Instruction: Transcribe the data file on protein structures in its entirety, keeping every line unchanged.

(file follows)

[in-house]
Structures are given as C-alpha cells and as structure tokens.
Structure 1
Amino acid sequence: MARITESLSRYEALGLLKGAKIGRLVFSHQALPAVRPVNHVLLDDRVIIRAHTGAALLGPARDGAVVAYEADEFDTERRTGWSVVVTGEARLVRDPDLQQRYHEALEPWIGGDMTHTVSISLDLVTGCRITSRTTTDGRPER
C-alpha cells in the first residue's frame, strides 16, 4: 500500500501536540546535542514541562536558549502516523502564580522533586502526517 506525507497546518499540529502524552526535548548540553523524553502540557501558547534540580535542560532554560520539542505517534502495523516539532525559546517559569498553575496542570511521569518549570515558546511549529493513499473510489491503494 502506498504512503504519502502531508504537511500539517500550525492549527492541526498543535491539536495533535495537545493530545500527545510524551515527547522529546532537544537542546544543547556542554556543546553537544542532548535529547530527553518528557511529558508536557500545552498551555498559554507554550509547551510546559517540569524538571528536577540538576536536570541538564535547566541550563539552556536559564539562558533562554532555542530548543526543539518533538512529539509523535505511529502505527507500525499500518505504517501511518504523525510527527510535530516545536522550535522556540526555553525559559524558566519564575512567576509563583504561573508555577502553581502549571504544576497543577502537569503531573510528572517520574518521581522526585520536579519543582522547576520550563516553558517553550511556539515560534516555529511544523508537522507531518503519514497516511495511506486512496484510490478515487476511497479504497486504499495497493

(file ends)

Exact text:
[in-house]
Structures are given as C-alpha cells and as structure tokens.
Structure 1
Amino acid sequence: MARITESLSRYEALGLLKGAKIGRLVFSHQALPAVRPVNHVLLDDRVIIRAHTGAALLGPARDGAVVAYEADEFDTERRTGWSVVVTGEARLVRDPDLQQRYHEALEPWIGGDMTHTVSISLDLVTGCRITSRTTTDGRPER
C-alpha cells in the first residue's frame, strides 16, 4: 500500500501536540546535542514541562536558549502516523502564580522533586502526517 506525507497546518499540529502524552526535548548540553523524553502540557501558547534540580535542560532554560520539542505517534502495523516539532525559546517559569498553575496542570511521569518549570515558546511549529493513499473510489491503494 502506498504512503504519502502531508504537511500539517500550525492549527492541526498543535491539536495533535495537545493530545500527545510524551515527547522529546532537544537542546544543547556542554556543546553537544542532548535529547530527553518528557511529558508536557500545552498551555498559554507554550509547551510546559517540569524538571528536577540538576536536570541538564535547566541550563539552556536559564539562558533562554532555542530548543526543539518533538512529539509523535505511529502505527507500525499500518505504517501511518504523525510527527510535530516545536522550535522556540526555553525559559524558566519564575512567576509563583504561573508555577502553581502549571504544576497543577502537569503531573510528572517520574518521581522526585520536579519543582522547576520550563516553558517553550511556539515560534516555529511544523508537522507531518503519514497516511495511506486512496484510490478515487476511497479504497486504499495497493